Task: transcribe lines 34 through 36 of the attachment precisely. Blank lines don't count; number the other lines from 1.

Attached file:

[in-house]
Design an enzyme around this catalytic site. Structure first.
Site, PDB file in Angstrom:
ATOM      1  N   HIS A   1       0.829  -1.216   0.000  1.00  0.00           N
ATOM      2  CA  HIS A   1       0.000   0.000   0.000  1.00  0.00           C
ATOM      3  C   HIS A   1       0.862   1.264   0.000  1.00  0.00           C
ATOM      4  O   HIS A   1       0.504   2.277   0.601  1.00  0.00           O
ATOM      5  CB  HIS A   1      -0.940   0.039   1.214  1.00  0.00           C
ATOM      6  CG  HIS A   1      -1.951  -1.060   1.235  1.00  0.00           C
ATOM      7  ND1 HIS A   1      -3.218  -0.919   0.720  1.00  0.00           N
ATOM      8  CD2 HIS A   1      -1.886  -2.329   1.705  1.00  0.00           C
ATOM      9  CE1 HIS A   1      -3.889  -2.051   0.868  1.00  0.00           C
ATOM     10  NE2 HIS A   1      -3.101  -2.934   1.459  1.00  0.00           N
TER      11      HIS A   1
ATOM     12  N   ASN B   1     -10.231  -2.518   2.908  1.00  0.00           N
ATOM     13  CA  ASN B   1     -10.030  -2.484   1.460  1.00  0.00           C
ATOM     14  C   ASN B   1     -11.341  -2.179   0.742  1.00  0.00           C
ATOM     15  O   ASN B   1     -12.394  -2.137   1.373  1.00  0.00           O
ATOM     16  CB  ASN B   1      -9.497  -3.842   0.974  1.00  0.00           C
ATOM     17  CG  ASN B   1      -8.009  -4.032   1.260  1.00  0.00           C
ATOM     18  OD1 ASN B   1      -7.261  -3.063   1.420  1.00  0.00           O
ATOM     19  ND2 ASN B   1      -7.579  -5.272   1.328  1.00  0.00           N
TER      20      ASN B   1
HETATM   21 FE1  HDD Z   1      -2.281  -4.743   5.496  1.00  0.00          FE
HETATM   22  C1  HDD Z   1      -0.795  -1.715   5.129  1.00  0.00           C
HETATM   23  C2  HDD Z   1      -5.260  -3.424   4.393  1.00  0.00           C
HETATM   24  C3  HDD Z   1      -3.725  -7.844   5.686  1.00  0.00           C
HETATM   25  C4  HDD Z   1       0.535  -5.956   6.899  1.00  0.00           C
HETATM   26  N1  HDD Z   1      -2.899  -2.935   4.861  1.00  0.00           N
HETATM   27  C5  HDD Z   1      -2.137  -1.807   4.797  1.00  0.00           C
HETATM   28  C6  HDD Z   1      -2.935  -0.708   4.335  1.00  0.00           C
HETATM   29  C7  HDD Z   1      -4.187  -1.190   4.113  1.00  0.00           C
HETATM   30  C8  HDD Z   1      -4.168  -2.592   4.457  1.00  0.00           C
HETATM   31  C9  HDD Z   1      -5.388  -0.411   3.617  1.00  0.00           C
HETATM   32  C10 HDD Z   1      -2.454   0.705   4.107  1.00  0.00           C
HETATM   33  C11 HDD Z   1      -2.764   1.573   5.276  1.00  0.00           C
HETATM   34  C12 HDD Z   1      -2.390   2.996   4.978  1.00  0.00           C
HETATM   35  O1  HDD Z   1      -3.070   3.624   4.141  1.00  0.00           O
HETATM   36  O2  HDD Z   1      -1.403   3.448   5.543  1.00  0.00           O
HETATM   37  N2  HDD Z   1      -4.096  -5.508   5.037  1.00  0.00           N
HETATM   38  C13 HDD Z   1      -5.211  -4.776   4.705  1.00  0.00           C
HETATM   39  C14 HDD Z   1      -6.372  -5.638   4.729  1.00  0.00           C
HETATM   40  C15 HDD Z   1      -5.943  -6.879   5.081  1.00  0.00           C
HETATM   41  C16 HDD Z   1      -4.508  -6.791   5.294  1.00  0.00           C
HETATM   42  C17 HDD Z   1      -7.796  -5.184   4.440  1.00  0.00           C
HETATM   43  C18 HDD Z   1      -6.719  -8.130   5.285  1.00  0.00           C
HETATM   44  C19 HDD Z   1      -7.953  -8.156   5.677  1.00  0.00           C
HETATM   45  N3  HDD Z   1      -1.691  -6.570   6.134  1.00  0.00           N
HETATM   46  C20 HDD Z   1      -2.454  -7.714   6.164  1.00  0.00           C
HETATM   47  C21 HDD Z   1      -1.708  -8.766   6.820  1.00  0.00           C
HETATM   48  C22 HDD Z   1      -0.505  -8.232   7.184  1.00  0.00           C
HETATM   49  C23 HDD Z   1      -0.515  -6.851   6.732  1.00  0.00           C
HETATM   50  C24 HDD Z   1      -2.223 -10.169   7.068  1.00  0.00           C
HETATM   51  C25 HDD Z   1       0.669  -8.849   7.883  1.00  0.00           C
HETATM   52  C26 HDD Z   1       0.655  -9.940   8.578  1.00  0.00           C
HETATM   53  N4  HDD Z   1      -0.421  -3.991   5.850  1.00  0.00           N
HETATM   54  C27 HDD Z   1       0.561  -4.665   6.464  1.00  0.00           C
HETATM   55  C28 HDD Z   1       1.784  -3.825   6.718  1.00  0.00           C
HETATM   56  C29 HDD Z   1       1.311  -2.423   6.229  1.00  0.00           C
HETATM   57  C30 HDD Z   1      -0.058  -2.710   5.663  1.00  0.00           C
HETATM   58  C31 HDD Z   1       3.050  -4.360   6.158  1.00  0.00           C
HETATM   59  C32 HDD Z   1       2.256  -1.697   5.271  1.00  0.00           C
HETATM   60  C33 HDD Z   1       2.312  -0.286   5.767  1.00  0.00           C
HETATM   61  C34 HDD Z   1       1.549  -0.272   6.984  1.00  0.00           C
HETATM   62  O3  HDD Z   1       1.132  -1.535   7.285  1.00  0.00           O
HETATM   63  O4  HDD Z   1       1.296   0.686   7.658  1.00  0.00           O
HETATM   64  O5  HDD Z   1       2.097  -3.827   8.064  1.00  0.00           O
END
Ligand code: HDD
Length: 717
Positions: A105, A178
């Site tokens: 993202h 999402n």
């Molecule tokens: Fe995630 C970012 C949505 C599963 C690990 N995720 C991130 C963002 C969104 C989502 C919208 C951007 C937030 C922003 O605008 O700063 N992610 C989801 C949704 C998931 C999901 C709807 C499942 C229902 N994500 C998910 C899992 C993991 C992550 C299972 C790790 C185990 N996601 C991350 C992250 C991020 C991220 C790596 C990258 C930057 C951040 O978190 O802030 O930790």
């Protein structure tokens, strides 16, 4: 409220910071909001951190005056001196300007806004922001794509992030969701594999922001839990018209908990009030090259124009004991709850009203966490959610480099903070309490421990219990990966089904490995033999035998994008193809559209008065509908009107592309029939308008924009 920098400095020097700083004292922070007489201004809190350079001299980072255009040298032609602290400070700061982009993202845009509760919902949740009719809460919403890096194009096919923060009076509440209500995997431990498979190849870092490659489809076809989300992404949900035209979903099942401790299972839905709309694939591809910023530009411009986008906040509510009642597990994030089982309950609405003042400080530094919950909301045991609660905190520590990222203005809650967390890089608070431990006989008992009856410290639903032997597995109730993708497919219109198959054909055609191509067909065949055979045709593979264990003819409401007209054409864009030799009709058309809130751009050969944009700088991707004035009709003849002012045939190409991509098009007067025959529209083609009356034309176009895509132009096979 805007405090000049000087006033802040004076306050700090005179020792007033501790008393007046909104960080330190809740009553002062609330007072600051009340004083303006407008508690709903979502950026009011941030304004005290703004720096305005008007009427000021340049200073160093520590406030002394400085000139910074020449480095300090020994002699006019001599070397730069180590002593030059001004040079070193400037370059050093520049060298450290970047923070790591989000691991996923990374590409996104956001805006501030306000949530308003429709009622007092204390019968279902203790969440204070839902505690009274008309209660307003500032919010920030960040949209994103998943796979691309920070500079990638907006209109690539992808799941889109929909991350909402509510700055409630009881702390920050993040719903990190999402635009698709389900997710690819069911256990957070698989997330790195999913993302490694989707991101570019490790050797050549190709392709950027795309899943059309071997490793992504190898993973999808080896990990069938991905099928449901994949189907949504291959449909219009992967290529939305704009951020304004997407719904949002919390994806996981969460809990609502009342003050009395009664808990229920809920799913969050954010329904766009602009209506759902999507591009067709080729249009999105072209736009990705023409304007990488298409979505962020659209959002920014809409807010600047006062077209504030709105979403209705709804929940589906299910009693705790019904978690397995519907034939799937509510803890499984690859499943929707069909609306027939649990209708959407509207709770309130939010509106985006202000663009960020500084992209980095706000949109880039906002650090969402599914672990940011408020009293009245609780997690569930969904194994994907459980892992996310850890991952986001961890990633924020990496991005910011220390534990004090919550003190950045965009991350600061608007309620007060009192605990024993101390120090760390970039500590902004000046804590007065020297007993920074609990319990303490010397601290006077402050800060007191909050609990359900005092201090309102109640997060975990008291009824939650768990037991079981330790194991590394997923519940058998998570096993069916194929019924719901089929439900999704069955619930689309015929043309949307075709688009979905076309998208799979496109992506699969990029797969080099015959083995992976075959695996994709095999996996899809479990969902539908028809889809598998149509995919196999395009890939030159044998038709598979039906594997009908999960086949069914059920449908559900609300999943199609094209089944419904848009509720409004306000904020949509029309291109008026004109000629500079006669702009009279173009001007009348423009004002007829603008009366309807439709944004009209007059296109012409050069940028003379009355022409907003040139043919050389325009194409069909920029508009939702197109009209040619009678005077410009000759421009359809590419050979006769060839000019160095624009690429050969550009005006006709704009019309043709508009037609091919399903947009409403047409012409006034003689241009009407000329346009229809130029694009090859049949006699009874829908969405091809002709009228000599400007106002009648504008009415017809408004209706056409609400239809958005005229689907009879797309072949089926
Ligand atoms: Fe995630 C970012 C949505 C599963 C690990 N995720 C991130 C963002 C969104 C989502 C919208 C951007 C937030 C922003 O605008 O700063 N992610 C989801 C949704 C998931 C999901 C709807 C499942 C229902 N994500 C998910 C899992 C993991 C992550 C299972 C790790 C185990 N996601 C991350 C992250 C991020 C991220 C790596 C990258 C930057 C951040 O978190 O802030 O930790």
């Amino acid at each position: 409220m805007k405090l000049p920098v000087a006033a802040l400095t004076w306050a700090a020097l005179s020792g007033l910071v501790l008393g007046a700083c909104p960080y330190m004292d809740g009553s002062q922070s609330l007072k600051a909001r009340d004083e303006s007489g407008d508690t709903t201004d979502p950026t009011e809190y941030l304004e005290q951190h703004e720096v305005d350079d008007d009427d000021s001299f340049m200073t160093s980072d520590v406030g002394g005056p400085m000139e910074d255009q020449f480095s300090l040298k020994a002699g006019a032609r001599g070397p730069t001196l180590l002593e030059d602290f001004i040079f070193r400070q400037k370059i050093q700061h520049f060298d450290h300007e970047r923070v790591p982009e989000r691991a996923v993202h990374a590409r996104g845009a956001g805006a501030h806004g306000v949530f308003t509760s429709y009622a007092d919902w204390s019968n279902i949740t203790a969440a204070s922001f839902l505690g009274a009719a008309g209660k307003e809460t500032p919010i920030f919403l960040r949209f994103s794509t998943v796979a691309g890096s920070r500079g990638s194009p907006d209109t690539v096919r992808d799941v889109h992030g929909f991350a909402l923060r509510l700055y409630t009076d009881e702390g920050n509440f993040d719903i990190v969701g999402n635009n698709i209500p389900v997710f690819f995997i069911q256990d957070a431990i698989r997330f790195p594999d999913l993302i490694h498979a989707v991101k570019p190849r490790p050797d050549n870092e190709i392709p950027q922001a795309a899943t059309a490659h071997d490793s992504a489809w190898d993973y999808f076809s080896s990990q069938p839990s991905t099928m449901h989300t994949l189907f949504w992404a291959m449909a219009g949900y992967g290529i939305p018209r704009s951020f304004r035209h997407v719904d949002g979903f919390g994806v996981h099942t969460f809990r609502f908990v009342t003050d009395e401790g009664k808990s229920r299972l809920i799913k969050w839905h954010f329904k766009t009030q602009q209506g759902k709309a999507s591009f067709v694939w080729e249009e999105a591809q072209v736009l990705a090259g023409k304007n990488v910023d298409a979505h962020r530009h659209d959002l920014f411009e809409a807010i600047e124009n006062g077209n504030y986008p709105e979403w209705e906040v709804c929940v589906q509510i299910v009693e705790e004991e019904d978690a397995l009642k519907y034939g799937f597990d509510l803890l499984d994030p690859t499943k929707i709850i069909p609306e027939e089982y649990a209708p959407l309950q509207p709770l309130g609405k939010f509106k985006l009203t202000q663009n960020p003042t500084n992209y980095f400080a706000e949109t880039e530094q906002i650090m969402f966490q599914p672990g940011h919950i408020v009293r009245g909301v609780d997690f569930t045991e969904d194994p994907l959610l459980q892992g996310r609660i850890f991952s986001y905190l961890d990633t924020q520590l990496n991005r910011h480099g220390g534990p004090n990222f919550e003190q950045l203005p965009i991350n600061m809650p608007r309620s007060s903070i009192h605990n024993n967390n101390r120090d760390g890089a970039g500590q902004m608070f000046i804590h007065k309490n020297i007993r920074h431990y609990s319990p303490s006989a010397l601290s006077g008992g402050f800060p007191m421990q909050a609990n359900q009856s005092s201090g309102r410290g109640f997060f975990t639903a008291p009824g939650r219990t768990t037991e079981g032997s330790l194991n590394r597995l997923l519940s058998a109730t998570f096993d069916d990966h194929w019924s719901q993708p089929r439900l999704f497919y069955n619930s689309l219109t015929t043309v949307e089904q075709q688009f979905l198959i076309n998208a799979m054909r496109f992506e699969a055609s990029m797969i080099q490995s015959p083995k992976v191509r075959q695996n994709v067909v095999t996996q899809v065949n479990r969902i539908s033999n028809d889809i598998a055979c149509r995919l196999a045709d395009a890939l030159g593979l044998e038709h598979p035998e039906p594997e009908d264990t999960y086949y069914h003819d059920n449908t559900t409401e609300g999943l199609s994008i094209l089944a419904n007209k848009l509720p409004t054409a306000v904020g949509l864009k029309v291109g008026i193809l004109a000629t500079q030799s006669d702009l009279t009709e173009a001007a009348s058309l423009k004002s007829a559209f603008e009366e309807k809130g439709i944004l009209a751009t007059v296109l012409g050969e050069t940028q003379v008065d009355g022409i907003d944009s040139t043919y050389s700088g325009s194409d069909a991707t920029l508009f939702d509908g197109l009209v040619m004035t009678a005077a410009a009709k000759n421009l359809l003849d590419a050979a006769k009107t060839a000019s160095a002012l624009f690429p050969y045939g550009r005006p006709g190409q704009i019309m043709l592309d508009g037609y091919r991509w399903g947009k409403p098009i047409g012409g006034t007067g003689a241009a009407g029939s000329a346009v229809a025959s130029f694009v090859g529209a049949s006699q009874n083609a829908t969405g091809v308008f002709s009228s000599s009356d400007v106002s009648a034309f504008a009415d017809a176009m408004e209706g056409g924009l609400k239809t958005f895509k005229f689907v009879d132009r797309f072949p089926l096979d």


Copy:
HETATM   31  C9  HDD Z   1      -5.388  -0.411   3.617  1.00  0.00           C
HETATM   32  C10 HDD Z   1      -2.454   0.705   4.107  1.00  0.00           C
HETATM   33  C11 HDD Z   1      -2.764   1.573   5.276  1.00  0.00           C